ROME — A controversial media law that will benefit Silvio Berlusconi’s Mediaset has been passed in the Italian Senate by the TV-tycoon-turned-prime minister’s conservative majority.
The bill will allow Mediaset to hold on to its three channels, one of which was supposed to go off air in January under previous legislation.
The new rules will also raise the cap on advertising revenue, and permit cross-ownership of TV stations and newspapers starting in 2009.
Italy’s opposition — which is calling the new law a Christmas present from Berlusconi to himself — is urging Italian president Carlo Azeglio Ciampi not to sign the bill, an act which is usually no more than a formality.
“This is a terrible law that will make it even more difficult for this country to have a plurality of media players,” said center-left leader Piero Fassino. “The news and advertising markets will become more confined to the hands of few, making the Italian market’s current anomaly even worse.”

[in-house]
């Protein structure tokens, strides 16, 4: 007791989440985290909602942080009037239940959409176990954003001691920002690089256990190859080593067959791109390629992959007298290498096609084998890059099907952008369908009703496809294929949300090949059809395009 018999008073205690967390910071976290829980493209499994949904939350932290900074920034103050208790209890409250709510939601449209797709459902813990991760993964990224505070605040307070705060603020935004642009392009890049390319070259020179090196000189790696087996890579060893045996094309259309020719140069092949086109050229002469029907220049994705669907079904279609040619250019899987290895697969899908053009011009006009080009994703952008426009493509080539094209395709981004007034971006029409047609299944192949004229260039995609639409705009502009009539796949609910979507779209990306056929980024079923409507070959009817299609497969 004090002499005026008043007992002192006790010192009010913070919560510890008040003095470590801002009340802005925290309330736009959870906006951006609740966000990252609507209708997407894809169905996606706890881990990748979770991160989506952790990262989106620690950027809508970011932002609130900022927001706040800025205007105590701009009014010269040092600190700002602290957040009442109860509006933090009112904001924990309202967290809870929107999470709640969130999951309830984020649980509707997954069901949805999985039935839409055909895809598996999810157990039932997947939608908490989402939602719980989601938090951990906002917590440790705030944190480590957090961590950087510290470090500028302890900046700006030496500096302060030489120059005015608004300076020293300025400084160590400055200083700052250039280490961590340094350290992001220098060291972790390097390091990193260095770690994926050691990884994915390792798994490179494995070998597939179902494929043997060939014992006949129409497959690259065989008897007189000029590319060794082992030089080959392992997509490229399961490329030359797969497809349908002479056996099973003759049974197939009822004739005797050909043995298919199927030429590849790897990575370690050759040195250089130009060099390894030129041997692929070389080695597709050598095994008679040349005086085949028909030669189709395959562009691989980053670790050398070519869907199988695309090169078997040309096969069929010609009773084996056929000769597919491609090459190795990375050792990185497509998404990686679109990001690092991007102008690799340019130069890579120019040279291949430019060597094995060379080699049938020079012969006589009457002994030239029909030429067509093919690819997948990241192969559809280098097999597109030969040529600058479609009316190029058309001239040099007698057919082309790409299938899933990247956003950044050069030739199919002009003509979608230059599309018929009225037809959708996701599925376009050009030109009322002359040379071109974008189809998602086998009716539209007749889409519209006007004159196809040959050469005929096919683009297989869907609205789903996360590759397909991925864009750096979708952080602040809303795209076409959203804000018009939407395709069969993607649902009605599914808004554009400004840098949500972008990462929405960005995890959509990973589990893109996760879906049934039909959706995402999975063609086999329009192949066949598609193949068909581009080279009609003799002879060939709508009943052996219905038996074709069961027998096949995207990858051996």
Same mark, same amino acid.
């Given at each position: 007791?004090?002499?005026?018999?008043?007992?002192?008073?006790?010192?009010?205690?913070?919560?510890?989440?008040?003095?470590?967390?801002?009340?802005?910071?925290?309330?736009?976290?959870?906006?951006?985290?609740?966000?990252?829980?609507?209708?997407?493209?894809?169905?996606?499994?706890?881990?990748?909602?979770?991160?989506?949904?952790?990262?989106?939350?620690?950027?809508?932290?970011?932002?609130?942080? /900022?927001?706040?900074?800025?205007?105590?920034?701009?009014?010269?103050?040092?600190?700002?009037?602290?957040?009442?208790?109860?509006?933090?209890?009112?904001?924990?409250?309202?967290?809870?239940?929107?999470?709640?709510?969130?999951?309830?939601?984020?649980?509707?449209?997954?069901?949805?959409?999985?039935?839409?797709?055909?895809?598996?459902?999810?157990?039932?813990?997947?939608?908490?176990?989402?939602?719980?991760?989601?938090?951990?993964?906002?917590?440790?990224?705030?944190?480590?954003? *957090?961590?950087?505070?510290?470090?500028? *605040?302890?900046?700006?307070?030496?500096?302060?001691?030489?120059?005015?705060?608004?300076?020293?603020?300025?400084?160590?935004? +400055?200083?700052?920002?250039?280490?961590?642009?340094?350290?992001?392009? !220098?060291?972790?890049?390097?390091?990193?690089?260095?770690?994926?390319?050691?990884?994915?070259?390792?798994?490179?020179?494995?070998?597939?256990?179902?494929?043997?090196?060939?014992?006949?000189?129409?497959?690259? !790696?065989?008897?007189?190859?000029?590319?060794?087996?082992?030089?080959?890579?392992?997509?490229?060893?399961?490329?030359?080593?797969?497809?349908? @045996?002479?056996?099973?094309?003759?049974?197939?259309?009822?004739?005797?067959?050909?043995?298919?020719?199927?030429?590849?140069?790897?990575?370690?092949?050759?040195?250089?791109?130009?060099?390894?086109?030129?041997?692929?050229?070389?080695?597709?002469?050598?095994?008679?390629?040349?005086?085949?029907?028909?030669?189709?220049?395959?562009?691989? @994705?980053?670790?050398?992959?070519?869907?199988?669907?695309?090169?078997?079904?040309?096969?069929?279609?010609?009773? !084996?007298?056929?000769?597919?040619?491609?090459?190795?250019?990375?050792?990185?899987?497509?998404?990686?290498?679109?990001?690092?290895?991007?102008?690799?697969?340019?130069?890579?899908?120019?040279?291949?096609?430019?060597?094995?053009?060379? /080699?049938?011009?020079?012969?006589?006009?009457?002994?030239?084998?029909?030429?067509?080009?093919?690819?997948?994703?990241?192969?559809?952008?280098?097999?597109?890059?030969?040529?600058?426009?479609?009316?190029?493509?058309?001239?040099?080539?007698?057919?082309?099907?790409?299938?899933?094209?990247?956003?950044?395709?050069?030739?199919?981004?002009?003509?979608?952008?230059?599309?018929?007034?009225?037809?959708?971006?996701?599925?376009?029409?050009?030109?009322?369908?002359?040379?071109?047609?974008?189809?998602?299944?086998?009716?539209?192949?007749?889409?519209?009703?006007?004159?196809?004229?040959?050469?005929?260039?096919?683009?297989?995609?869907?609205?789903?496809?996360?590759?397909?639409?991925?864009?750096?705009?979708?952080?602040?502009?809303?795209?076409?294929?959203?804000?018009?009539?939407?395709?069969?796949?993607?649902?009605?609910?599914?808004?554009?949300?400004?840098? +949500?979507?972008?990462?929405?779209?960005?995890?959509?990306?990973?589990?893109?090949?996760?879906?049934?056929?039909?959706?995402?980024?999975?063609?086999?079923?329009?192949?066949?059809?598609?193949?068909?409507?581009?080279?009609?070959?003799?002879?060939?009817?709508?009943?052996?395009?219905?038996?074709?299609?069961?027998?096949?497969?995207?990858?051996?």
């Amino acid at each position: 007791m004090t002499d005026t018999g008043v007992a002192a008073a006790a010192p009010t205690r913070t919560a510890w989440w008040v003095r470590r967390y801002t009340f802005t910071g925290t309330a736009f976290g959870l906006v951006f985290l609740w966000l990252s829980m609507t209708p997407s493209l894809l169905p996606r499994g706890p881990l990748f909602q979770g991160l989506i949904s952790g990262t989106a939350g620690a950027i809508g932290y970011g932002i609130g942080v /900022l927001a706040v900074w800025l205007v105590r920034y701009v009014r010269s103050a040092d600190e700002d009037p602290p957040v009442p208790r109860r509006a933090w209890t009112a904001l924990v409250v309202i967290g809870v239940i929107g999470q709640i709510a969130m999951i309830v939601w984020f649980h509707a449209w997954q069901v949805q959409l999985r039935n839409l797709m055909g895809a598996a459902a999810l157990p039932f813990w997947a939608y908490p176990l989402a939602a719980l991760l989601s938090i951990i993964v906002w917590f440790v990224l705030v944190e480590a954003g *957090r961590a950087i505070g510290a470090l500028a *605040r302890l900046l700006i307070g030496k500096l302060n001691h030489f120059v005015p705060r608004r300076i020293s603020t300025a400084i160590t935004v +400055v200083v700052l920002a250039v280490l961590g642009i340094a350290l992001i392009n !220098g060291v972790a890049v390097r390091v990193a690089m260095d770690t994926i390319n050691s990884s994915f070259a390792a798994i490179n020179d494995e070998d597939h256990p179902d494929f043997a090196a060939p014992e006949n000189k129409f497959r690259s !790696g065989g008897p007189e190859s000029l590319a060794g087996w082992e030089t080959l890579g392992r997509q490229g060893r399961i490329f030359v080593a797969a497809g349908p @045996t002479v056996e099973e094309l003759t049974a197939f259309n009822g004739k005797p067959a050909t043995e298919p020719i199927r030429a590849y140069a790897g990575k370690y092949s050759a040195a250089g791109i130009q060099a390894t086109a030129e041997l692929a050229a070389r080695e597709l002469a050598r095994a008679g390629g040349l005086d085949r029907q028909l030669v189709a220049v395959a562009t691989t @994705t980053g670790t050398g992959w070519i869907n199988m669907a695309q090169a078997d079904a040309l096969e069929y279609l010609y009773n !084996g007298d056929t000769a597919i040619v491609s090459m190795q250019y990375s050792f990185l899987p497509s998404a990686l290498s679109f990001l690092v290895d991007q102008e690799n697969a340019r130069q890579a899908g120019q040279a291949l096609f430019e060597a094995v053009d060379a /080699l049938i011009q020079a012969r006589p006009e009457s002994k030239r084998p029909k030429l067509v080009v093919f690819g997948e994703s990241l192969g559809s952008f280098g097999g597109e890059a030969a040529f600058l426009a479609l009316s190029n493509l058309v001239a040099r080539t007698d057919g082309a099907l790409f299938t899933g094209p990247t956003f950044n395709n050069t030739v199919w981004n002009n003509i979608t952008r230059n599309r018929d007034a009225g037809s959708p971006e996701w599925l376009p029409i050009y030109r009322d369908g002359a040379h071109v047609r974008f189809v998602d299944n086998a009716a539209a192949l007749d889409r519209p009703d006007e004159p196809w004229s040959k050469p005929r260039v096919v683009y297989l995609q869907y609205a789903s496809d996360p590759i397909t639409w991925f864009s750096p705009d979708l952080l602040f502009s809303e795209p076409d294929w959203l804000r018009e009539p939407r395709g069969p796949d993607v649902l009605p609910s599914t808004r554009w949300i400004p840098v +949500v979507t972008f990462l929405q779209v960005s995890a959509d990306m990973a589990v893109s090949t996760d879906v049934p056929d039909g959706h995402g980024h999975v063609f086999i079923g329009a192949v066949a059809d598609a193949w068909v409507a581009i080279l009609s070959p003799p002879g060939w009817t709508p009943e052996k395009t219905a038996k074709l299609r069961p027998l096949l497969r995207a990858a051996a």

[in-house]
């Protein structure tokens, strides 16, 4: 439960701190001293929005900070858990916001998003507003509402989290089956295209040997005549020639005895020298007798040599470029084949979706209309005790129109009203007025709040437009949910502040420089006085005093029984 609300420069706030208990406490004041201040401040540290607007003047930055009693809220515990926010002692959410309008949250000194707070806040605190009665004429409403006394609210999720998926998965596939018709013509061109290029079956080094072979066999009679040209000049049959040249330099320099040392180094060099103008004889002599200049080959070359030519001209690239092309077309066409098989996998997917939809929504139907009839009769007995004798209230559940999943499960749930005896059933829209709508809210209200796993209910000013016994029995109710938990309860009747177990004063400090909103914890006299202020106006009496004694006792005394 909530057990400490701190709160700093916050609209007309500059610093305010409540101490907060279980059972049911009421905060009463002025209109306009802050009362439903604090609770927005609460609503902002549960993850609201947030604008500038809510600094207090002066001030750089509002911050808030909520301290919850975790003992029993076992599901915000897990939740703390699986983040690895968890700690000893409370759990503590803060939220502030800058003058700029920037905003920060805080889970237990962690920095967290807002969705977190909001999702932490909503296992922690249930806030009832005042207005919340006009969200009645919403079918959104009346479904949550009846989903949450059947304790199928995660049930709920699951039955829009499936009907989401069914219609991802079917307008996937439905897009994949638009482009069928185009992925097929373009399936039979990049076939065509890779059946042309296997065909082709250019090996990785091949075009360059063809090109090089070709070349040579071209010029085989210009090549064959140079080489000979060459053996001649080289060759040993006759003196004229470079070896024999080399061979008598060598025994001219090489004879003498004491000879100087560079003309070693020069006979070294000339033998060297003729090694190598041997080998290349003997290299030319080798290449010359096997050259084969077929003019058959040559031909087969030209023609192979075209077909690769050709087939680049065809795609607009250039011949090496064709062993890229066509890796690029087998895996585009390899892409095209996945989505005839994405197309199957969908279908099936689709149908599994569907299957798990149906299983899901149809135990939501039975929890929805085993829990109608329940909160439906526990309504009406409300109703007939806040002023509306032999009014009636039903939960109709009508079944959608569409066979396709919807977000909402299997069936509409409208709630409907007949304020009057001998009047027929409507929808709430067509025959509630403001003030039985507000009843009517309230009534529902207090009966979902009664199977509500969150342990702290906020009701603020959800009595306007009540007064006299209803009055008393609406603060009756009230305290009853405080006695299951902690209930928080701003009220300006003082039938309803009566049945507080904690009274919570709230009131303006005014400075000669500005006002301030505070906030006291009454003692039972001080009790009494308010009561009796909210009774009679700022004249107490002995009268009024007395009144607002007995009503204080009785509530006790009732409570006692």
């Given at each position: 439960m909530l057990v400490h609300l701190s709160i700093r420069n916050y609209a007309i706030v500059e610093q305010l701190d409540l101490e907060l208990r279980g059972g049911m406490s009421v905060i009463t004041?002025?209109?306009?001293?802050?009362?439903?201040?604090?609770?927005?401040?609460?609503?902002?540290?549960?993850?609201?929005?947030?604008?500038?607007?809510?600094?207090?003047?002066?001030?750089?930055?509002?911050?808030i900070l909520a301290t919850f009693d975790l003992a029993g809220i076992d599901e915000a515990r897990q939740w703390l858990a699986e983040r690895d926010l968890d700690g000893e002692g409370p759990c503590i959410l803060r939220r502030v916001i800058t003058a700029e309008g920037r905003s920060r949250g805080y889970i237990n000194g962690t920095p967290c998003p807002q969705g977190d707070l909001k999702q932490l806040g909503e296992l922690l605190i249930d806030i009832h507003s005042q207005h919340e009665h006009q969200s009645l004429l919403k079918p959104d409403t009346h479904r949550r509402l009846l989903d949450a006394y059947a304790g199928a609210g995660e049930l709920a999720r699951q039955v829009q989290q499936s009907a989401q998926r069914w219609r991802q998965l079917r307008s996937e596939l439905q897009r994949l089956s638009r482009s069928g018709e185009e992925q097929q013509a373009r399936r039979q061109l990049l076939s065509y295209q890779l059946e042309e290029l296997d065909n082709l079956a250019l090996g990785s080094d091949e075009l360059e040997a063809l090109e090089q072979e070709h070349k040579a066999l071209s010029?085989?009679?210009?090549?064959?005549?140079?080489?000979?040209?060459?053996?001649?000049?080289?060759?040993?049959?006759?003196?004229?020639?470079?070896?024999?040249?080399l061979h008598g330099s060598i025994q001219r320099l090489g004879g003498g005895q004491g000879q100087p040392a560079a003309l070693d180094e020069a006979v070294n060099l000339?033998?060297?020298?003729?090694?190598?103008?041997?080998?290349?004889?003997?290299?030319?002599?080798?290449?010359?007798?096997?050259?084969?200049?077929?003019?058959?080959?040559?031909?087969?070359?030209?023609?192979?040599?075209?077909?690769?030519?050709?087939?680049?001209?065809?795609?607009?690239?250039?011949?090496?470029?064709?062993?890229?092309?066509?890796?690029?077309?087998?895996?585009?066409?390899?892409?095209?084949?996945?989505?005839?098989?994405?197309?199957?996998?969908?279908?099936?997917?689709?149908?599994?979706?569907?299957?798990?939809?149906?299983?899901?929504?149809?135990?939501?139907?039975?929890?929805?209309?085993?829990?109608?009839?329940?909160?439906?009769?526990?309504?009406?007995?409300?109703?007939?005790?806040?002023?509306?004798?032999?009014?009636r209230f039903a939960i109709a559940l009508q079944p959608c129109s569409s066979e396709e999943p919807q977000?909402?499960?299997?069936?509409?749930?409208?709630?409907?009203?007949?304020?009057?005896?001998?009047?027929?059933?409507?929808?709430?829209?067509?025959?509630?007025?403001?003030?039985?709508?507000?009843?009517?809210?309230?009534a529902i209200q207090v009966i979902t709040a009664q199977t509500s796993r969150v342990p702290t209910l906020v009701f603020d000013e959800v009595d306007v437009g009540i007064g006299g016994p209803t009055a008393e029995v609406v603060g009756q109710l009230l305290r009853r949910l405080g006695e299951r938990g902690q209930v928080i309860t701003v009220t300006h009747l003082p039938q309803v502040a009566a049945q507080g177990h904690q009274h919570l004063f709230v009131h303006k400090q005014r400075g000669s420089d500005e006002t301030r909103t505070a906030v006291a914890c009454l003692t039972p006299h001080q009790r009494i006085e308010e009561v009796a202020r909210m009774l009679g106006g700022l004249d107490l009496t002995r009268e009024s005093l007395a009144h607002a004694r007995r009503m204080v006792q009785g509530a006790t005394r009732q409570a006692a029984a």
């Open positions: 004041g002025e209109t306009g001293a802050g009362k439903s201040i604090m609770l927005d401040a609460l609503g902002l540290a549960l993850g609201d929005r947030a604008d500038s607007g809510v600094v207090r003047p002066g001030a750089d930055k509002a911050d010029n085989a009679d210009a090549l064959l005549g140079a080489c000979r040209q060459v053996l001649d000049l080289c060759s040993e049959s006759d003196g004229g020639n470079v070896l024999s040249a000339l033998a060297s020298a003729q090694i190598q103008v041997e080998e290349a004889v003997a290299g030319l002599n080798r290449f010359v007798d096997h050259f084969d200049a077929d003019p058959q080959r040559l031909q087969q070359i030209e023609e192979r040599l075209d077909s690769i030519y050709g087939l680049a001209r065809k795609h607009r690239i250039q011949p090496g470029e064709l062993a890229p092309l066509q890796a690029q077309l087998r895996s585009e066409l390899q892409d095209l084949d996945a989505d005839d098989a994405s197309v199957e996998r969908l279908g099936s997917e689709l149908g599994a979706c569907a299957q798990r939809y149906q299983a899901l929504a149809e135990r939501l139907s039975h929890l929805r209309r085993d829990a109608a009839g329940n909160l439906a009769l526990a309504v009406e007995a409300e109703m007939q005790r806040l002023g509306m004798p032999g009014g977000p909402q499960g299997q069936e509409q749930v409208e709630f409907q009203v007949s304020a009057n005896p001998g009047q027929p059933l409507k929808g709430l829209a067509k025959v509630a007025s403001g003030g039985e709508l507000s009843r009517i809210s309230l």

Berlusconi’s $7.8 billion personal holding company Fininvest, which includes Mediaset, Medusa Film, the Mondadori publishing group with some 50 magazines, and the Jumpy Internet portal, accounts for more than half of Italy’s advertising market.
Communications Minister Maurizio Gasparri has countered criticism claiming the new law looks to the future, saying terrestrial digital TV will multiply the number of channels and open the market to new players.
The so-called Gasparri law sees Italy shifting to terrestrial digital by 2006, a date most experts think is too optimistic.
“Mediaset has not been given any presents,” said Mediaset President Fedele Confalonieri. “Critics are saying the law is against freedom. In truth, it reflects a shift toward terrestrial digital TV that was initiated by the previous center-left government.”
Under the new law, pubcaster RAI should also begin partial privatization next year when its board will be renewed and enlarged from five to nine members.
RAI prexy Lucia Annunziata, one of the law’s most vocal opponents, and the pubcaster’s current board members are expected to step down soon.